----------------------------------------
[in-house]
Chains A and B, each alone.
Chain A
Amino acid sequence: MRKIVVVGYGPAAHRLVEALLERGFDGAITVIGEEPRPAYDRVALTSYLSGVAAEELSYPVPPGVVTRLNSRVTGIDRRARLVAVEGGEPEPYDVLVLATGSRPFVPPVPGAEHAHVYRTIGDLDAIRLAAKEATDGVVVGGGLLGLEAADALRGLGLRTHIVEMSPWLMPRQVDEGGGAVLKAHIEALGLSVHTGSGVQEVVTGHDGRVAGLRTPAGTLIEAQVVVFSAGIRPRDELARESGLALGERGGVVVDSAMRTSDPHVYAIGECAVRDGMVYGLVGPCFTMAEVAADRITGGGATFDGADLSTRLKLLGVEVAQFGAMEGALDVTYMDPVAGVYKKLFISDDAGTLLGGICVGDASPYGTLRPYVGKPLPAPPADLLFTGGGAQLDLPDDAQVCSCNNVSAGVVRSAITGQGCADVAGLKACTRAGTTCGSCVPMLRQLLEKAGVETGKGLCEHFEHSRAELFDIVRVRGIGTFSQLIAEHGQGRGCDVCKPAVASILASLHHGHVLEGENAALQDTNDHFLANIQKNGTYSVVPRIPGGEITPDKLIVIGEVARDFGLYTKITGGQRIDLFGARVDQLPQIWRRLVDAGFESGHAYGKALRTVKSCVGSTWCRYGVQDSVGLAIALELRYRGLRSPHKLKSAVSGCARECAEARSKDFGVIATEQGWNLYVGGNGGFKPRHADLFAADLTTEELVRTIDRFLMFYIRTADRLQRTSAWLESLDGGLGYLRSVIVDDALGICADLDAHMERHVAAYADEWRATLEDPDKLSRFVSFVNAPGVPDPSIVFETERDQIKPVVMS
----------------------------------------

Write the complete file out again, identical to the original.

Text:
[in-house]
Chains A and B, each alone.
Chain A
Amino acid sequence: MRKIVVVGYGPAAHRLVEALLERGFDGAITVIGEEPRPAYDRVALTSYLSGVAAEELSYPVPPGVVTRLNSRVTGIDRRARLVAVEGGEPEPYDVLVLATGSRPFVPPVPGAEHAHVYRTIGDLDAIRLAAKEATDGVVVGGGLLGLEAADALRGLGLRTHIVEMSPWLMPRQVDEGGGAVLKAHIEALGLSVHTGSGVQEVVTGHDGRVAGLRTPAGTLIEAQVVVFSAGIRPRDELARESGLALGERGGVVVDSAMRTSDPHVYAIGECAVRDGMVYGLVGPCFTMAEVAADRITGGGATFDGADLSTRLKLLGVEVAQFGAMEGALDVTYMDPVAGVYKKLFISDDAGTLLGGICVGDASPYGTLRPYVGKPLPAPPADLLFTGGGAQLDLPDDAQVCSCNNVSAGVVRSAITGQGCADVAGLKACTRAGTTCGSCVPMLRQLLEKAGVETGKGLCEHFEHSRAELFDIVRVRGIGTFSQLIAEHGQGRGCDVCKPAVASILASLHHGHVLEGENAALQDTNDHFLANIQKNGTYSVVPRIPGGEITPDKLIVIGEVARDFGLYTKITGGQRIDLFGARVDQLPQIWRRLVDAGFESGHAYGKALRTVKSCVGSTWCRYGVQDSVGLAIALELRYRGLRSPHKLKSAVSGCARECAEARSKDFGVIATEQGWNLYVGGNGGFKPRHADLFAADLTTEELVRTIDRFLMFYIRTADRLQRTSAWLESLDGGLGYLRSVIVDDALGICADLDAHMERHVAAYADEWRATLEDPDKLSRFVSFVNAPGVPDPSIVFETERDQIKPVVMS